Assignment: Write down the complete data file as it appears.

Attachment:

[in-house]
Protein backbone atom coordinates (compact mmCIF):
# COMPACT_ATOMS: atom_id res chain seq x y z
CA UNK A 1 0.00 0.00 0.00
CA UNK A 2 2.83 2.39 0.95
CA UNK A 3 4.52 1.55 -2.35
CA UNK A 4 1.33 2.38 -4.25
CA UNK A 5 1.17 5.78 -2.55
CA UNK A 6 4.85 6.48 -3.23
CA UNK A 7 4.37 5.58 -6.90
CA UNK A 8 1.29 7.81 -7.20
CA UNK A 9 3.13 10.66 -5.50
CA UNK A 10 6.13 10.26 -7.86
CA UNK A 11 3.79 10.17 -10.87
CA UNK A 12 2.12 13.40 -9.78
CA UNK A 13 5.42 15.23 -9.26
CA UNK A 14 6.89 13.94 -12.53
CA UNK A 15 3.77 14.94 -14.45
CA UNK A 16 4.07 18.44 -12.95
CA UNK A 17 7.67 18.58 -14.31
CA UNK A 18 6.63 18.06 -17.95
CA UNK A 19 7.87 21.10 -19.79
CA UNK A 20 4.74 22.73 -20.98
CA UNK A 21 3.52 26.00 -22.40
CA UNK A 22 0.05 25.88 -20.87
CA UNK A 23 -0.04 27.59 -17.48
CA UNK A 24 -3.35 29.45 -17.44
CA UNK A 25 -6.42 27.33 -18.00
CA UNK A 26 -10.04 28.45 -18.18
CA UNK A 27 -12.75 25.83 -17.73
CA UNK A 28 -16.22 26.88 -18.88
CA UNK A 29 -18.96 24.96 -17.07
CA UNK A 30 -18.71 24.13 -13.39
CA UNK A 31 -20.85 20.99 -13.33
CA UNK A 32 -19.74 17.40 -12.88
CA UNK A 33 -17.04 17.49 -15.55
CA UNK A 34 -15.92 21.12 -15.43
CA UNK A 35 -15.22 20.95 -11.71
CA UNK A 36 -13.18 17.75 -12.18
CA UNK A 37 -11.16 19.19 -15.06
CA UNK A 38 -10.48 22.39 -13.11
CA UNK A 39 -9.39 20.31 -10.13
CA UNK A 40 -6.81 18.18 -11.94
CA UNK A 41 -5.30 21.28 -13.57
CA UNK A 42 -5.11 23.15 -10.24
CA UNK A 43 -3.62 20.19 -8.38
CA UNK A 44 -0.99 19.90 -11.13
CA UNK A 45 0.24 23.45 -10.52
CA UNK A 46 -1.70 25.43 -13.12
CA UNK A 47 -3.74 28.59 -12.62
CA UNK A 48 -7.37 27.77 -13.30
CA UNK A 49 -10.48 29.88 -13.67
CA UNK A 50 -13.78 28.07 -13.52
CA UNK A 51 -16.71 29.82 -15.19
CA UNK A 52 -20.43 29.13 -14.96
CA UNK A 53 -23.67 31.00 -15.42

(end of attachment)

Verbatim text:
[in-house]
Protein backbone atom coordinates (compact mmCIF):
# COMPACT_ATOMS: atom_id res chain seq x y z
CA UNK A 1 0.00 0.00 0.00
CA UNK A 2 2.83 2.39 0.95
CA UNK A 3 4.52 1.55 -2.35
CA UNK A 4 1.33 2.38 -4.25
CA UNK A 5 1.17 5.78 -2.55
CA UNK A 6 4.85 6.48 -3.23
CA UNK A 7 4.37 5.58 -6.90
CA UNK A 8 1.29 7.81 -7.20
CA UNK A 9 3.13 10.66 -5.50
CA UNK A 10 6.13 10.26 -7.86
CA UNK A 11 3.79 10.17 -10.87
CA UNK A 12 2.12 13.40 -9.78
CA UNK A 13 5.42 15.23 -9.26
CA UNK A 14 6.89 13.94 -12.53
CA UNK A 15 3.77 14.94 -14.45
CA UNK A 16 4.07 18.44 -12.95
CA UNK A 17 7.67 18.58 -14.31
CA UNK A 18 6.63 18.06 -17.95
CA UNK A 19 7.87 21.10 -19.79
CA UNK A 20 4.74 22.73 -20.98
CA UNK A 21 3.52 26.00 -22.40
CA UNK A 22 0.05 25.88 -20.87
CA UNK A 23 -0.04 27.59 -17.48
CA UNK A 24 -3.35 29.45 -17.44
CA UNK A 25 -6.42 27.33 -18.00
CA UNK A 26 -10.04 28.45 -18.18
CA UNK A 27 -12.75 25.83 -17.73
CA UNK A 28 -16.22 26.88 -18.88
CA UNK A 29 -18.96 24.96 -17.07
CA UNK A 30 -18.71 24.13 -13.39
CA UNK A 31 -20.85 20.99 -13.33
CA UNK A 32 -19.74 17.40 -12.88
CA UNK A 33 -17.04 17.49 -15.55
CA UNK A 34 -15.92 21.12 -15.43
CA UNK A 35 -15.22 20.95 -11.71
CA UNK A 36 -13.18 17.75 -12.18
CA UNK A 37 -11.16 19.19 -15.06
CA UNK A 38 -10.48 22.39 -13.11
CA UNK A 39 -9.39 20.31 -10.13
CA UNK A 40 -6.81 18.18 -11.94
CA UNK A 41 -5.30 21.28 -13.57
CA UNK A 42 -5.11 23.15 -10.24
CA UNK A 43 -3.62 20.19 -8.38
CA UNK A 44 -0.99 19.90 -11.13
CA UNK A 45 0.24 23.45 -10.52
CA UNK A 46 -1.70 25.43 -13.12
CA UNK A 47 -3.74 28.59 -12.62
CA UNK A 48 -7.37 27.77 -13.30
CA UNK A 49 -10.48 29.88 -13.67
CA UNK A 50 -13.78 28.07 -13.52
CA UNK A 51 -16.71 29.82 -15.19
CA UNK A 52 -20.43 29.13 -14.96
CA UNK A 53 -23.67 31.00 -15.42